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From ambition to action: How the Biden administration can show the world it’s serious about climate change

From ambition to action: How the Biden administration can show the world it’s serious about climate change

The Biden administration is expected to unveil its updated NDC soon, and the world is watching.

The United States’ complicated relationship with the Paris Agreement

Since the adoption of the Paris Agreement in 2015, over 190 countries have ratified the agreement and submitted Nationally Determined Contributions (NDCs) to the U.N., detailing how they plan to reduce their emissions in line with a safe long-term climate. A key aspect of the Paris Agreement has been the nearly universal participation of countries around the world, with one especially notable exception: The U.S., the world’s second-largest greenhouse gas emitter, neglected to pursue national-level climate change mitigation actions under the Trump administration and went as far as withdrawing from the Agreement.

Under the leadership of the Biden administration, the United States officially rejoined the Paris Agreement in February. While reversing the previous administration’s withdrawal was a much-needed and welcome step, the United States will need to back it up with increased ambition and actions to restore its credibility and breathe new life into the NDC process, which was designed to encourage countries to ratchet up their mitigation ambitions every five years. The Biden administration is expected to unveil its updated NDC soon, and the world is watching.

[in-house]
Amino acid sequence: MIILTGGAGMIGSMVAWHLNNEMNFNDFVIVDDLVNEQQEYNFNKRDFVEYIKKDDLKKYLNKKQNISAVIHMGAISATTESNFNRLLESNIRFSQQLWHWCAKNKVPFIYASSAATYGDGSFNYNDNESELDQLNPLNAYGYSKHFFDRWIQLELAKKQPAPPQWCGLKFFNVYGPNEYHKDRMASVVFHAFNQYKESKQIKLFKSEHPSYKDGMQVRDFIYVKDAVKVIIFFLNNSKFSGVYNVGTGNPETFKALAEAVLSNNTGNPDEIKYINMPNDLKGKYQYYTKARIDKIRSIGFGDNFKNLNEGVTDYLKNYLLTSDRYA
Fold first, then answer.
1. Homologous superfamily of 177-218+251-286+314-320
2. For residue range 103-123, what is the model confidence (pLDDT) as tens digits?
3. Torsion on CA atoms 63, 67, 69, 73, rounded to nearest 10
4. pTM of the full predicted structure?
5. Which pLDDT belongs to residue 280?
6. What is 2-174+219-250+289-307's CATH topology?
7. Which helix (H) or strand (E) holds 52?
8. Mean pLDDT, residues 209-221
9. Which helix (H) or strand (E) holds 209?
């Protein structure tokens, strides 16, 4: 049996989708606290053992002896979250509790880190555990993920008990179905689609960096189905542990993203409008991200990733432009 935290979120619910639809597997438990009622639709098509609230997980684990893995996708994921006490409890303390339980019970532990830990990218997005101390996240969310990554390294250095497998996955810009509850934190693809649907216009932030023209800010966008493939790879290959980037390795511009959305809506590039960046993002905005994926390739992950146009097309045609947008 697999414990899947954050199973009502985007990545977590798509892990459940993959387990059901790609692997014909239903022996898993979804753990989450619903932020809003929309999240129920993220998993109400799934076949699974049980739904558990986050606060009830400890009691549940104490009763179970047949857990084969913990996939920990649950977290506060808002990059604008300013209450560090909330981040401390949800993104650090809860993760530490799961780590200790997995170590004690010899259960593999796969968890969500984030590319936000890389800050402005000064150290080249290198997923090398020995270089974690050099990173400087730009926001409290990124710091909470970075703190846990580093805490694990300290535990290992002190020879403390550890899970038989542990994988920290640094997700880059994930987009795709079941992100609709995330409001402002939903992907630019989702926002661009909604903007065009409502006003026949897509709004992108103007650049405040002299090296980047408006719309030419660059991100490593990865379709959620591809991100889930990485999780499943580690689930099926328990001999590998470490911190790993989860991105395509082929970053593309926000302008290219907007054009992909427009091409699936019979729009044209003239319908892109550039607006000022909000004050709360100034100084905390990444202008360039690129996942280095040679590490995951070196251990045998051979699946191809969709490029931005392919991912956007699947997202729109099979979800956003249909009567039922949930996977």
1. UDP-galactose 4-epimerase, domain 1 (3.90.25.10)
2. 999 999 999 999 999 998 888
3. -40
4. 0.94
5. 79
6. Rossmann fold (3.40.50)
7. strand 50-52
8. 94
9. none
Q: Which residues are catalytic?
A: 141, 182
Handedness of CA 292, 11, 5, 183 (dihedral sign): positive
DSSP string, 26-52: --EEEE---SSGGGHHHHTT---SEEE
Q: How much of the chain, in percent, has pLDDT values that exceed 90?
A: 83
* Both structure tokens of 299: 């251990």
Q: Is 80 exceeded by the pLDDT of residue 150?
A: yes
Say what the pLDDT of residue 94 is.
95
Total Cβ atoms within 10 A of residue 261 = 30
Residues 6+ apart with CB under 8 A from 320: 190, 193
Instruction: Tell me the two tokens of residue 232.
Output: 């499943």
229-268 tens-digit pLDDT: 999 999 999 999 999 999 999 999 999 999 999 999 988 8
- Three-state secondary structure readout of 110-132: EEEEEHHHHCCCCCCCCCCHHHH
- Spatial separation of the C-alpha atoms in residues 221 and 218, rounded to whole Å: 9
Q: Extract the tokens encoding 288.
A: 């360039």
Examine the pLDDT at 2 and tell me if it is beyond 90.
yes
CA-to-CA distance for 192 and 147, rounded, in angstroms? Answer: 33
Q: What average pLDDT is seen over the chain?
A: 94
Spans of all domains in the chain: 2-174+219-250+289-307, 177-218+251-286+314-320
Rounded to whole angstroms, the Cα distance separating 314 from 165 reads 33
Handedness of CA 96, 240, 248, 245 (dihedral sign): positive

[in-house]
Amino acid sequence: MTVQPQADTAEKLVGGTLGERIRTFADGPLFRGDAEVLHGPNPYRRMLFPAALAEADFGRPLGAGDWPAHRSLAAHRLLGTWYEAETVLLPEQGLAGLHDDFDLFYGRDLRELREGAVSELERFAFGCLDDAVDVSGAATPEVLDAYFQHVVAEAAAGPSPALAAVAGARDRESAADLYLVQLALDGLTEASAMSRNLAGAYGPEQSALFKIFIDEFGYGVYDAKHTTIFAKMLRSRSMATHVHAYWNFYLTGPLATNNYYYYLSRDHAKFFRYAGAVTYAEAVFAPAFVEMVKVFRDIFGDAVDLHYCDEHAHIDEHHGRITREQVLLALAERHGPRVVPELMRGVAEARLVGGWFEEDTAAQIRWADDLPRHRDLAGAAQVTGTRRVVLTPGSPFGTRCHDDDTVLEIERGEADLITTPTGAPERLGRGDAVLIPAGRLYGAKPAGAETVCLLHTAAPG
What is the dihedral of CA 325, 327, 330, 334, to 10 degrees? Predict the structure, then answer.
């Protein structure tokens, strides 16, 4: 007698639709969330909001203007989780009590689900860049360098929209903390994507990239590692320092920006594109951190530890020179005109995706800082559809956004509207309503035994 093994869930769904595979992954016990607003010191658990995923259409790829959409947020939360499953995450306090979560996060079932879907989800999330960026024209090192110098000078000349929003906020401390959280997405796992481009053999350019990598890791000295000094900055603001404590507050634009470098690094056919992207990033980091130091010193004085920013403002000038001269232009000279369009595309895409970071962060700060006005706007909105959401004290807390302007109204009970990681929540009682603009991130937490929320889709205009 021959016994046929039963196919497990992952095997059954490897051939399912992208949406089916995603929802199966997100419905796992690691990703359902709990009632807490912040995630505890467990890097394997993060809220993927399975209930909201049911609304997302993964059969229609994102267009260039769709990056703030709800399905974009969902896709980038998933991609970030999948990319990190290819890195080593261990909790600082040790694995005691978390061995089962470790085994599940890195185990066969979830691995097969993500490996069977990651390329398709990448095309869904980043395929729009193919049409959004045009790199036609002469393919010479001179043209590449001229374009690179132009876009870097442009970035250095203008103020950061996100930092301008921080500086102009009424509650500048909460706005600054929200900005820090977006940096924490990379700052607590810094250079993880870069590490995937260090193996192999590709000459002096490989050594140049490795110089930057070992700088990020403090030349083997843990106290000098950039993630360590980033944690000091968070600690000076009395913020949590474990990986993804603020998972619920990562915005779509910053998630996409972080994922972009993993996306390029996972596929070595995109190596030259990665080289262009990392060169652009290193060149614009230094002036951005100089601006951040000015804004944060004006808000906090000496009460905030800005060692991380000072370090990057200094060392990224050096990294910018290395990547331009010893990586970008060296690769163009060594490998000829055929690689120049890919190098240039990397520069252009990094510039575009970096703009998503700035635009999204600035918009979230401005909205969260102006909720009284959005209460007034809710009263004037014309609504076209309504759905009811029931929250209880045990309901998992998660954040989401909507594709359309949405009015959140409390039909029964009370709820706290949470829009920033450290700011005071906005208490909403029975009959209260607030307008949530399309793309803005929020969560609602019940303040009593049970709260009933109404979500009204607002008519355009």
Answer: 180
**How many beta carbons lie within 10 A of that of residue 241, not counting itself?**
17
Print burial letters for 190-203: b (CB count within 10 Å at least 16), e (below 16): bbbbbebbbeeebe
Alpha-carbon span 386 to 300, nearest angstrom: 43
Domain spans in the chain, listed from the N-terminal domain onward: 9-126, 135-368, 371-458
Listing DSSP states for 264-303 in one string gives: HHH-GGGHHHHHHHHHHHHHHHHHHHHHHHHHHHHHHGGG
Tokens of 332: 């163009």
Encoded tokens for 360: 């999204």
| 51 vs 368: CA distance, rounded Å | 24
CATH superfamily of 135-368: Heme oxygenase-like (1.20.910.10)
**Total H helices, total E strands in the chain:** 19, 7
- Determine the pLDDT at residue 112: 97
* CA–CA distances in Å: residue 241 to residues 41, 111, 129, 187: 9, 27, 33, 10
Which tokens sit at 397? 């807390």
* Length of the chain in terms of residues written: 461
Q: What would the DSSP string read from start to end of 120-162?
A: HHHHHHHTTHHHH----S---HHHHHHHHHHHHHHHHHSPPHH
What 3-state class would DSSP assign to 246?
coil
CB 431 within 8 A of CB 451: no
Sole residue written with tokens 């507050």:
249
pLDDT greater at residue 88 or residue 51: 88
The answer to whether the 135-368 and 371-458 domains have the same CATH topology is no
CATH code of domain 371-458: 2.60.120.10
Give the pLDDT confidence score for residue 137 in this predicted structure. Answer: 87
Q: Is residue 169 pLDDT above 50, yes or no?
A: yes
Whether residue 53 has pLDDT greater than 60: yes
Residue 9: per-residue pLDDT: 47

An opportunity to realign with Paris

What, then, are we looking for in the new NDC? In a word: ambition. Based on a range of recently published analyses and scenarios, a reduction in greenhouse gas emissions ranging from 50% to over 60% by 2030, relative to 2005, would put the U.S. on track to reach net-zero emissions before mid-century and realign itself with the goals of the Paris Agreement. More than 10 recent studies have shown that reductions of at least 50% by 2030 are both possible and desirable, though analysis from the Climate Action Tracker (CAT) estimates that the U.S. must reduce national emissions “by at least 57-63% below 2005 levels by 2030 and provide support to other countries” in order to ensure an equitable pathway to a safe climate. Another coalition of civil society groups, Fair Shares NDC, is calling for 70% emissions reductions domestically by 2030 compared to 2005, paired with large-scale climate finance to help other countries decarbonize. The large range of targets reflects different interpretations of the feasibility and equity of various emissions pathways, given the U.S.’ technological capacity and historical contributions to greenhouse gas emissions.

The top-level emissions reduction target is likely to garner the most headlines when the U.S. announces its NDC, but details on how this ambition will manifest across the real economy, from electricity to transport, and forestry to agriculture, is just as important as the headline number. We don’t know how much detail will be included in the NDC, but we do know how much action needs to be accelerated in order for the U.S. to transition to a Paris-compatible emissions pathway. Below are a few key examples drawn from the State of Climate Action report we published in November 2020 in partnership with the World Resources Institute, with contributions from the CAT:

In 2018, the U.S. produced roughly 17% of its electricity from renewable sources. While this percentage is growing, this needs to be a minimum of 50% and approaching much higher values (as much as 95%) by 2030. To achieve this will require accelerating the growth in renewable energy by a factor of approximately 5X per year this decade, which is ambitious and absolutely doable.

Similarly, the U.S. got as much as 29% of its electricity from coal-fired power generation in 2018. By 2030, this needs to be reduced to zero. While this is trending in the right direction (in 2020, initial data estimate that coal was down to approximately 19% of electricity generation), to achieve this target will require coal to decline as a share of electricity generation by around 2.5% per year this decade.